Some people would have you believe that the Welsh weather is never very good. Ha! How could they say such a thing? How could anyone imply that this land is so green because it rains almost all the time? They’ve obviously been led astray. These folk probably also think that Wales is full of rugby-playing, hymn-singing, ex-miners who live in deep, dark, sodden valleys. And sheep – lots of sheep; though to be fair, I will concede that there are millions of the blessed things and they do seem to get absolutely everywhere.
We all know it’s wrong to generalize but still we do it. National characteristics are flouted as though they are the absolute measure of a people: Australians are loud and jovial until they lose at sport – then they are loud and…disappointed; the Irish are warm and friendly, with a slight tilt towards eccentricity; Germans allegedly have no sense of humour (oh, yes they do!) and are sticklers for rules – though based on personal experience (and a Swiss friend), I can say that nobody loves correct behaviour and a set of precise instructions more than the Swiss. Apart from my eldest daughter, who knows all the rules (including the obscure ones) to every board game we play. Attempts to soften the regime or plead for mercy are met with a firm refusal: “Rules control the fun”, she insists – though she’s on very shaky ground these days since we discovered she was cheating at Articulate by sneakily and consistently moving her own team’s piece a couple of places further than she should have.
Now, a question: what do the following countries have in common?
UK, Ireland, France, Belgium, The Netherlands, Sweden, Norway, Finland, Russia, Slovenia, France, Germany, Switzerland, Austria, Spain, USA, Canada, Mexico, Guatemala, The Bahamas, Dominican Republic, Brazil, Argentina, South Africa, Angola, Qatar, Lebanon, India, Mauritius, Indonesia, Philippines, Australia and New Zealand.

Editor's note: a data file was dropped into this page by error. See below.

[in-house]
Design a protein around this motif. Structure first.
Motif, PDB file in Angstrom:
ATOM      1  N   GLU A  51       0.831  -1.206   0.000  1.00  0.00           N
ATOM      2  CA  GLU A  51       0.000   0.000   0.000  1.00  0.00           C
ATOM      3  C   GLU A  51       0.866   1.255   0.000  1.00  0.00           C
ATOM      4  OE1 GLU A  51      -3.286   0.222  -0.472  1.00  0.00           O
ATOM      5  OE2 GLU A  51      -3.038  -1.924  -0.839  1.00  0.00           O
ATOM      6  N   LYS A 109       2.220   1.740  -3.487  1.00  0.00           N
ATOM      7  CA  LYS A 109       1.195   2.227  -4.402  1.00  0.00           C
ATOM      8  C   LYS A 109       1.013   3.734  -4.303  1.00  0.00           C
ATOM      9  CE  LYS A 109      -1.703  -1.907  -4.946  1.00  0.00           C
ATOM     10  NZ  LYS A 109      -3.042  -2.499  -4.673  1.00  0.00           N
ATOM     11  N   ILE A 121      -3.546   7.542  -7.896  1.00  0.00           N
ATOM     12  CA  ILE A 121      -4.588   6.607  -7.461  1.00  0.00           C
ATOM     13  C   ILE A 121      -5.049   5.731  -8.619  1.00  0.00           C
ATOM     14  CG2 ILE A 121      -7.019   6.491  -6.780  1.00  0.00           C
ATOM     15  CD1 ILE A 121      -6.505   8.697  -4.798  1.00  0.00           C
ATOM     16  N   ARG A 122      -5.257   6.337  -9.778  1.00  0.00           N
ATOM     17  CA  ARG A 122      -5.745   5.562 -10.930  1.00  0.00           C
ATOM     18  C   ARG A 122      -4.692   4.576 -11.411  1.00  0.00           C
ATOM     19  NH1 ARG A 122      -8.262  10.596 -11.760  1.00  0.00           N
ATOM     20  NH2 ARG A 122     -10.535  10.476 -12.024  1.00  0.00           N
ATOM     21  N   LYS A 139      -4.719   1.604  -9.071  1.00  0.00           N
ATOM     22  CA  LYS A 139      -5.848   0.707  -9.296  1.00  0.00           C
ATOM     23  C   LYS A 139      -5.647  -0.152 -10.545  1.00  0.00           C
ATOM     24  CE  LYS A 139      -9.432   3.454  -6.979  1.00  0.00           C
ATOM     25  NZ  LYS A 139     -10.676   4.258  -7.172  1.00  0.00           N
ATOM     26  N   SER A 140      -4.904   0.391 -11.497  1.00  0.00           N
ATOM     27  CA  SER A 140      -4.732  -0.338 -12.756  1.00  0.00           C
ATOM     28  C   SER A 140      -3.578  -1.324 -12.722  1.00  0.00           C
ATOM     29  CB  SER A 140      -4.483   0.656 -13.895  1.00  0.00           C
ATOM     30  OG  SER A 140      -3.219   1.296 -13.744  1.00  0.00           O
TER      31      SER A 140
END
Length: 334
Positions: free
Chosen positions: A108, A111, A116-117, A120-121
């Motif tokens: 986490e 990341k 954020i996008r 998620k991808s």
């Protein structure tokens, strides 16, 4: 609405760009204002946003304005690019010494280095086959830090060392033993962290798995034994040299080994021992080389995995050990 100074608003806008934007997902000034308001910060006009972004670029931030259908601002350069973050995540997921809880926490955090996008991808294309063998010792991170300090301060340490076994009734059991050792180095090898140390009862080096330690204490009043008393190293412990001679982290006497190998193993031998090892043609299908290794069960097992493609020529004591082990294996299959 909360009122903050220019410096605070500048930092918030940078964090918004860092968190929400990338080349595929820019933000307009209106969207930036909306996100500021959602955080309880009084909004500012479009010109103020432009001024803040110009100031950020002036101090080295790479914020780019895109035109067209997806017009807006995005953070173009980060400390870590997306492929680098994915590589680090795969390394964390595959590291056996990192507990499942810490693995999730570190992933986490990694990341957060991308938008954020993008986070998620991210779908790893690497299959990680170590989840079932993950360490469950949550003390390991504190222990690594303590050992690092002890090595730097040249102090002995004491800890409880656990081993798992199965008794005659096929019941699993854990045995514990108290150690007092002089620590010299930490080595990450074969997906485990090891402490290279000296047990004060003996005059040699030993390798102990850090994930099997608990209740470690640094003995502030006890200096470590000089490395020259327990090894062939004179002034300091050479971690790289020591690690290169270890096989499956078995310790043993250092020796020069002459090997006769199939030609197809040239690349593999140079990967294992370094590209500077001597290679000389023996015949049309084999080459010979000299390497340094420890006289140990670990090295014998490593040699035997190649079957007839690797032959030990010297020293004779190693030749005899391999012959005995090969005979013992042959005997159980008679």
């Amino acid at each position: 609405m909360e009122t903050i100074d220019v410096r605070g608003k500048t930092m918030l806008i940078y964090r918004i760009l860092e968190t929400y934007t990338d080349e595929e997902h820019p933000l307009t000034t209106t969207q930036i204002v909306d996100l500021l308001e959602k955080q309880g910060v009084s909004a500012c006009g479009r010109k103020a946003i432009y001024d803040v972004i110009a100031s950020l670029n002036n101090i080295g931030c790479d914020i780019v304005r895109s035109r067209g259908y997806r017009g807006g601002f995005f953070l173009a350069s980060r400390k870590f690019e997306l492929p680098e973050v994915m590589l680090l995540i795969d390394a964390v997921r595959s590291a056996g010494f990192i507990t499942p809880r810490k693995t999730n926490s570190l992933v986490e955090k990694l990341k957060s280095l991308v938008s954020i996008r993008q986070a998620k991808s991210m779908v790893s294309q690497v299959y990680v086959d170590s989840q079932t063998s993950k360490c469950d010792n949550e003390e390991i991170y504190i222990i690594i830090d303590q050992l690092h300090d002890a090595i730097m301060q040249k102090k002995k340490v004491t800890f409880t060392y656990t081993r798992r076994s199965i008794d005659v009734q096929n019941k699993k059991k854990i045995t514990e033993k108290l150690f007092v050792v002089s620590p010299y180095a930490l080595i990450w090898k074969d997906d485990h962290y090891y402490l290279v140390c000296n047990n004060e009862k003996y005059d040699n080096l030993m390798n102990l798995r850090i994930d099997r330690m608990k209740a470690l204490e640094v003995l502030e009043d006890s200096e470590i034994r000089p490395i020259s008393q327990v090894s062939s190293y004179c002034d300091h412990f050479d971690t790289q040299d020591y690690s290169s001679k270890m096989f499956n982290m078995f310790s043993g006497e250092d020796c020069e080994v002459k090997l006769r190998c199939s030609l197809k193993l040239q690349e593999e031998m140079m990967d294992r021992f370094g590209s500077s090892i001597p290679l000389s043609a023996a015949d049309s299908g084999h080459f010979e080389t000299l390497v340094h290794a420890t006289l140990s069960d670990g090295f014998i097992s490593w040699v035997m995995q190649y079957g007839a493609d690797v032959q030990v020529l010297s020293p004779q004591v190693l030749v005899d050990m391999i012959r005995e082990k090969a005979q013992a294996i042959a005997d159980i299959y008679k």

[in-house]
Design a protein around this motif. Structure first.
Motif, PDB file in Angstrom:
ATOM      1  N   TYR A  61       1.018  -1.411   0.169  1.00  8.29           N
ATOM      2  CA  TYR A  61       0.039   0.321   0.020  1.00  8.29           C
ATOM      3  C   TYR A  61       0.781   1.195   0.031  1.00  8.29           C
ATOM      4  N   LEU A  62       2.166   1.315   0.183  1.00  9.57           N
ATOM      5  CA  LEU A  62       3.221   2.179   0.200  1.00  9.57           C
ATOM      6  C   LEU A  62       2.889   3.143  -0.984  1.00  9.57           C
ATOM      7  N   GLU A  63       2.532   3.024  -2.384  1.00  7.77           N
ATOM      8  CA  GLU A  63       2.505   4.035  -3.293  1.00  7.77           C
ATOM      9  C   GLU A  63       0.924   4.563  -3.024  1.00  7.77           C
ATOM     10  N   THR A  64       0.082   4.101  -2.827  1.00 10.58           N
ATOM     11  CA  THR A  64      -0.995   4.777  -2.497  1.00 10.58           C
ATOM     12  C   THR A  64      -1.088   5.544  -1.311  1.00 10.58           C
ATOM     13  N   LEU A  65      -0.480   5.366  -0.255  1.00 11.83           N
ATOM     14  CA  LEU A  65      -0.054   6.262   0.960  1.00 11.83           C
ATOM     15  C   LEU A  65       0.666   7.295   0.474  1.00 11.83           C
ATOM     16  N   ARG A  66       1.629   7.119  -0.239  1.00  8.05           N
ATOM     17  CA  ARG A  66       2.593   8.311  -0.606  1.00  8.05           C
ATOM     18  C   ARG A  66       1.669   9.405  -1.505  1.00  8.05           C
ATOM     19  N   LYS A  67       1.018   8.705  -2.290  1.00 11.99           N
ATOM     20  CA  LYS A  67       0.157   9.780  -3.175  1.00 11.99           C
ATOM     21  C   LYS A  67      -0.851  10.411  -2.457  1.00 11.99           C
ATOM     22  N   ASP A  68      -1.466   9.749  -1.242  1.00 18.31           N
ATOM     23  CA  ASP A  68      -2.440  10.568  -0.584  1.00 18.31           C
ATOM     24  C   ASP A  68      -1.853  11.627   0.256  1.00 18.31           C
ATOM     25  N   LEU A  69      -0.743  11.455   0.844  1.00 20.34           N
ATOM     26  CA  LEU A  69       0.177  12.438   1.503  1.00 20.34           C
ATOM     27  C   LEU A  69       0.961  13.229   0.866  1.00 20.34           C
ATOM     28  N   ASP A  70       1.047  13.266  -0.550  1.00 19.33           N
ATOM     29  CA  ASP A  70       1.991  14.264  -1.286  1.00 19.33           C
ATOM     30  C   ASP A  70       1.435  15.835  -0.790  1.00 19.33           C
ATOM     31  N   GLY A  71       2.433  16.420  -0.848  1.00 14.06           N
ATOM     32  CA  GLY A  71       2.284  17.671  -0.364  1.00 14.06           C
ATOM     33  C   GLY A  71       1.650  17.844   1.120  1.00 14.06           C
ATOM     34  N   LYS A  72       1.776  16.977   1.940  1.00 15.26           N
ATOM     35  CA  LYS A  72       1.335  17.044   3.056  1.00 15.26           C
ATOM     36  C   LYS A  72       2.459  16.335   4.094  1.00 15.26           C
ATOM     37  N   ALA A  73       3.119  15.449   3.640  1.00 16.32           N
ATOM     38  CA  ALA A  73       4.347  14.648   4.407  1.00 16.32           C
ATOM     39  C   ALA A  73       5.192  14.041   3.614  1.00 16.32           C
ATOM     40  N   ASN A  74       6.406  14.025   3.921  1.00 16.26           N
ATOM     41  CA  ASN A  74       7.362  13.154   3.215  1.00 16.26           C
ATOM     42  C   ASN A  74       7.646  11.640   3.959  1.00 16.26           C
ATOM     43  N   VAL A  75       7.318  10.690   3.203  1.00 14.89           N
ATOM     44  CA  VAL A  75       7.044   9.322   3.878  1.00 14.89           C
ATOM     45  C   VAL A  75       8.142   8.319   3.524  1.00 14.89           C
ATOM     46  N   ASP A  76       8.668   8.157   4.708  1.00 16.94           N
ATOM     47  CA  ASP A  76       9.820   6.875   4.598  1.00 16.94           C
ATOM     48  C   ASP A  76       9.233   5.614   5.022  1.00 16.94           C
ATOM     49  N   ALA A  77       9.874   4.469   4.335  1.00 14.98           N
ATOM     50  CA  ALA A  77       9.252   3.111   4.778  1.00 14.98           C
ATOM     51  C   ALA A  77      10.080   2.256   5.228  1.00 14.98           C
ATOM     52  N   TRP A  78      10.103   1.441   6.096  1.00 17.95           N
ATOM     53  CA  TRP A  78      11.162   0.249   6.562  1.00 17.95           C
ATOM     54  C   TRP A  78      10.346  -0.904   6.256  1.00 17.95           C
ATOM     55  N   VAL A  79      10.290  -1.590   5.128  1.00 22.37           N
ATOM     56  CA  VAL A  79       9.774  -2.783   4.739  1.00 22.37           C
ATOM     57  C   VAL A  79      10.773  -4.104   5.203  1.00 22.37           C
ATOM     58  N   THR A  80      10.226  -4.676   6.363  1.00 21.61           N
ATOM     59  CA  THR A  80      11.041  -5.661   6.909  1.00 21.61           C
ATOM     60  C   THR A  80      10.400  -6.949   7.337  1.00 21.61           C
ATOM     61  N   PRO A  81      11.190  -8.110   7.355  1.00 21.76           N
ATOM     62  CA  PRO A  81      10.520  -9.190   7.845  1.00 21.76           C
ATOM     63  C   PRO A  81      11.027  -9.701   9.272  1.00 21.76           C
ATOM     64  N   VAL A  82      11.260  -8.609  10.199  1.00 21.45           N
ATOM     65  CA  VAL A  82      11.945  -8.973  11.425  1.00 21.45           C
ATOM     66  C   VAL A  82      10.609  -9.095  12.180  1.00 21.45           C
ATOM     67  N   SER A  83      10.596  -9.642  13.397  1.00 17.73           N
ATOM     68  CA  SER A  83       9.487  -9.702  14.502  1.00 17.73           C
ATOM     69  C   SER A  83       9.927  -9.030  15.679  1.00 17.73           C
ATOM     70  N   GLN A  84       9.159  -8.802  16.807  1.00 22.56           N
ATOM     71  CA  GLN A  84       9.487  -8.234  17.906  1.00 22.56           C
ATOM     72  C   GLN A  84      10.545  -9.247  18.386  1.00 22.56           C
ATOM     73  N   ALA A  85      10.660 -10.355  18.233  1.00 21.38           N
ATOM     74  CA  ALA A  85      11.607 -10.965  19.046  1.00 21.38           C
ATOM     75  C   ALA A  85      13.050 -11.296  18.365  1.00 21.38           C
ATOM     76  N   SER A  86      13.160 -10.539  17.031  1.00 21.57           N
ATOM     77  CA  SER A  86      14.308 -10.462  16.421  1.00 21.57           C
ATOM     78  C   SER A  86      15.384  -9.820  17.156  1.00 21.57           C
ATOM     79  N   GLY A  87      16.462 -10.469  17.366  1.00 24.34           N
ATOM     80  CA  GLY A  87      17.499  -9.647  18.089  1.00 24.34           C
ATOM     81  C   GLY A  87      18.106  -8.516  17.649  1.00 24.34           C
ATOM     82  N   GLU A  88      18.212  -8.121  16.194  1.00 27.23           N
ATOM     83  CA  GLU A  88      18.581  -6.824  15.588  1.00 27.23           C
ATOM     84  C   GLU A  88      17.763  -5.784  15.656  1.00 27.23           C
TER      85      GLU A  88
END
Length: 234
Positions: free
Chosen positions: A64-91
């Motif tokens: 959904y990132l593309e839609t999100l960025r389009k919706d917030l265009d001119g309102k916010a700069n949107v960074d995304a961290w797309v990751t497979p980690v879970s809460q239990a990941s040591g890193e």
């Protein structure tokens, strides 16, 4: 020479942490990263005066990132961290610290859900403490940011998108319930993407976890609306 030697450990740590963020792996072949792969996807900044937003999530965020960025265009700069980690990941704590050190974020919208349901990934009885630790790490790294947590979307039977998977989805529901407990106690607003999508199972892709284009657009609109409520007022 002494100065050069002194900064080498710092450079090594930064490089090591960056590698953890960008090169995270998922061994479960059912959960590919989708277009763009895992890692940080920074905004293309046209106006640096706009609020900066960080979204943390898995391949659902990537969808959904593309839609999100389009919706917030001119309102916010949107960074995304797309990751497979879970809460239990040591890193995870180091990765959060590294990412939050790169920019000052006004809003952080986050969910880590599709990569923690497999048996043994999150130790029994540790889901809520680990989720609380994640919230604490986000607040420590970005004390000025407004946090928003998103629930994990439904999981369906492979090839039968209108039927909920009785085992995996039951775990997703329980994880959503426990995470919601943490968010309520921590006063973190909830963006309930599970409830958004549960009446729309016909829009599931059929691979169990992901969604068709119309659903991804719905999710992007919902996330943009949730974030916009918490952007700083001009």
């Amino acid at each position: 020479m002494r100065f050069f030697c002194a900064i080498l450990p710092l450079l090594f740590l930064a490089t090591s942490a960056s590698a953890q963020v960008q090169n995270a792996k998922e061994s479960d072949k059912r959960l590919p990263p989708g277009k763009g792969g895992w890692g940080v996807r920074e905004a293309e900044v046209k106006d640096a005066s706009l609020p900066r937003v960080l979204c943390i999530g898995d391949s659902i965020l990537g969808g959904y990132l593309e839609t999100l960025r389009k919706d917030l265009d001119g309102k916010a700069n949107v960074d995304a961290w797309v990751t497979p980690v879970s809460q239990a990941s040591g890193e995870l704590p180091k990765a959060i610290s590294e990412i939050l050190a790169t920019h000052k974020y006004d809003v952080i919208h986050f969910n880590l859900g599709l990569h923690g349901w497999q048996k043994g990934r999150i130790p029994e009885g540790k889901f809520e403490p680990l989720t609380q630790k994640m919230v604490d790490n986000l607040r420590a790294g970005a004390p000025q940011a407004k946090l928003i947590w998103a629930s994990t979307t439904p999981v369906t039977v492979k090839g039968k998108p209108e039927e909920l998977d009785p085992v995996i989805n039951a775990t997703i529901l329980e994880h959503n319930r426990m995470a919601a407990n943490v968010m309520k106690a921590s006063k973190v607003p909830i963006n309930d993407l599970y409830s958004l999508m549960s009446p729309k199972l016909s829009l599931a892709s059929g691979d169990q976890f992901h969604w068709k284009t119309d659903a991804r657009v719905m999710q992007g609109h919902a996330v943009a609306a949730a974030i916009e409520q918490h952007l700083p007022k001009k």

Answer: my blogsite has been viewed by people in all these countries. That is astonishing to me! And it leads me to wonder what impression other nations have of Wales and the Welsh – I know that an awful lot of Americans have never heard of us, even with exports such as Tom Jones, Catherine Z-J and Anthony Hopkins. Which is interesting when you remember that the USA was founded by refugees from Europe (and beyond), who named many towns and cities after places they’d left behind. For instance, did you know there was a Bryn Mawr in Pennsylvania? As well as Narbeth, Radnor and Bala Cynwyd, to name just a few.
I’ve found on travels through Europe that the easiest way of referencing Wales is through sport – most rugby or football fans know of Wales or Cardiff (though rugby fans are scarce if you’re outside France or Italy). Of course you don’t need any such explanations in Brittany, which is historically and culturally from the same stable as Wales, Cornwall, Scotland, Ireland and the Isle of Man. Which brings me to that glaring exception from this list – England. Our closest and most aggravating neighbour; and before that annoys the pants off some people, I say it with a certain affection. There’s so much to like about England: attractive market towns and gorgeous villages…some stunning countryside…glorious cathedrals…and of course the language, which is truly a wonder of the civilised world. As for the English themselves – they are a group of…confident people, I think. But to all my English friends – I love you all!